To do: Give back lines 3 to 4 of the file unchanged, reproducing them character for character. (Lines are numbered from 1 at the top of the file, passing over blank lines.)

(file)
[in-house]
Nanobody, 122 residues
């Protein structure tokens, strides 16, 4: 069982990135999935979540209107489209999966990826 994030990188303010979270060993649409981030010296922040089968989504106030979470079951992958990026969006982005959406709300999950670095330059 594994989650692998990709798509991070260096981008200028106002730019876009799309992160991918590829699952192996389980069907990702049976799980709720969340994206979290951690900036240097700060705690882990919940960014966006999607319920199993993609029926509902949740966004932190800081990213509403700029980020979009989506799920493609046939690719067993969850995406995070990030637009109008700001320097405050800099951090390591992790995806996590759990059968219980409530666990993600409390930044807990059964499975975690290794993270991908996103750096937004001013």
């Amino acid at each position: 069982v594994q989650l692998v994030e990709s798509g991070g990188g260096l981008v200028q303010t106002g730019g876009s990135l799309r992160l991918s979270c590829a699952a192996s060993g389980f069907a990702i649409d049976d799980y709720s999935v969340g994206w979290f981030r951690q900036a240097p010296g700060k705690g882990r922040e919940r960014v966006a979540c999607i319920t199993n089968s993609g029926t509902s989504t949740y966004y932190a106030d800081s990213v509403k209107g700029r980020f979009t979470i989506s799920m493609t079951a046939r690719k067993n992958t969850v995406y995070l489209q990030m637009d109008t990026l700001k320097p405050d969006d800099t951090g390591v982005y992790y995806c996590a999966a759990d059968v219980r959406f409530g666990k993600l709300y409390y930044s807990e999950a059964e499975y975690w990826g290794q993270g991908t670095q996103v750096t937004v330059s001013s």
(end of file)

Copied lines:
């Protein structure tokens, strides 16, 4: 069982990135999935979540209107489209999966990826 994030990188303010979270060993649409981030010296922040089968989504106030979470079951992958990026969006982005959406709300999950670095330059 594994989650692998990709798509991070260096981008200028106002730019876009799309992160991918590829699952192996389980069907990702049976799980709720969340994206979290951690900036240097700060705690882990919940960014966006999607319920199993993609029926509902949740966004932190800081990213509403700029980020979009989506799920493609046939690719067993969850995406995070990030637009109008700001320097405050800099951090390591992790995806996590759990059968219980409530666990993600409390930044807990059964499975975690290794993270991908996103750096937004001013």
């Amino acid at each position: 069982v594994q989650l692998v994030e990709s798509g991070g990188g260096l981008v200028q303010t106002g730019g876009s990135l799309r992160l991918s979270c590829a699952a192996s060993g389980f069907a990702i649409d049976d799980y709720s999935v969340g994206w979290f981030r951690q900036a240097p010296g700060k705690g882990r922040e919940r960014v966006a979540c999607i319920t199993n089968s993609g029926t509902s989504t949740y966004y932190a106030d800081s990213v509403k209107g700029r980020f979009t979470i989506s799920m493609t079951a046939r690719k067993n992958t969850v995406y995070l489209q990030m637009d109008t990026l700001k320097p405050d969006d800099t951090g390591v982005y992790y995806c996590a999966a759990d059968v219980r959406f409530g666990k993600l709300y409390y930044s807990e999950a059964e499975y975690w990826g290794q993270g991908t670095q996103v750096t937004v330059s001013s």